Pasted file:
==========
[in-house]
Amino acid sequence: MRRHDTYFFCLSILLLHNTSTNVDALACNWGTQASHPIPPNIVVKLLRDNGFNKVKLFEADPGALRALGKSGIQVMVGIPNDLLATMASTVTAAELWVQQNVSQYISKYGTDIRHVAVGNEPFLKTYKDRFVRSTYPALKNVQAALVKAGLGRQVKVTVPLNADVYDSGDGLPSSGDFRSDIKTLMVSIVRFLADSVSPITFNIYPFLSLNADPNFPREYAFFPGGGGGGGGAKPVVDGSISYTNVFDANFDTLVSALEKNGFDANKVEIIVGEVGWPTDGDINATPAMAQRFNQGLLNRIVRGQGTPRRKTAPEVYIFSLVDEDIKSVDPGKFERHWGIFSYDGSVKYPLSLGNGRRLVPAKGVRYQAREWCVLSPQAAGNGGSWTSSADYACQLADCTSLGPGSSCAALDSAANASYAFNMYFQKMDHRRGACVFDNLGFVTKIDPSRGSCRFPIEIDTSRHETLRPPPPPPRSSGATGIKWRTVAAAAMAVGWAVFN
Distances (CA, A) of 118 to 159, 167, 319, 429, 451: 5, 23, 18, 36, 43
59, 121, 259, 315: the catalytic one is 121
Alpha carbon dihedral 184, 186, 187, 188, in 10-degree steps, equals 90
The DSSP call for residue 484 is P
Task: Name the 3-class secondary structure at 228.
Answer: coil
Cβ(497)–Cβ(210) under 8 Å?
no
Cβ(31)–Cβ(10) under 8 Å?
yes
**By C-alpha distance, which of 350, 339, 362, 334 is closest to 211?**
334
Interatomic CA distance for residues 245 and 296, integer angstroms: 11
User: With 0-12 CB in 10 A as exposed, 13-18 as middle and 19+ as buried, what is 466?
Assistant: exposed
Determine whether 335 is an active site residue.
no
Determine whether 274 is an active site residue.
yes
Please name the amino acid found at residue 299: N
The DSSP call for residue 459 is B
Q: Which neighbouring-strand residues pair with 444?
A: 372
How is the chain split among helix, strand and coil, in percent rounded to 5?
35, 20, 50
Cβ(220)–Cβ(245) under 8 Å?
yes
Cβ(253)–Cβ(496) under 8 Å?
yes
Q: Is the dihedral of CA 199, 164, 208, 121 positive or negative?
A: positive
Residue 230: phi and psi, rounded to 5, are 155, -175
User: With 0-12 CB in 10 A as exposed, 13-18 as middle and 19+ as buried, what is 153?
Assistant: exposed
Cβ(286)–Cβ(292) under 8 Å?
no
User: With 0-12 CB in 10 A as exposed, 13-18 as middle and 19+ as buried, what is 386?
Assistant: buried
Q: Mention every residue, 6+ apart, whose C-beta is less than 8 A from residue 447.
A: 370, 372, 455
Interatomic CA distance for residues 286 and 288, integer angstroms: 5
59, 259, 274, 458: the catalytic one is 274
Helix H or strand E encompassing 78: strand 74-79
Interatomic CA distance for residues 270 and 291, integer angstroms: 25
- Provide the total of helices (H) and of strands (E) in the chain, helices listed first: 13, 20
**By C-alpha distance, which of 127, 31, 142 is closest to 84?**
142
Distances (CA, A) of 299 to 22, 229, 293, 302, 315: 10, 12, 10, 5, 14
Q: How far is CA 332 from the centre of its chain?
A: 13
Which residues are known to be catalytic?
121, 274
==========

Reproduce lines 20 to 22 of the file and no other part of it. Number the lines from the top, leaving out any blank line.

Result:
Determine whether 274 is an active site residue.
yes
Please name the amino acid found at residue 299: N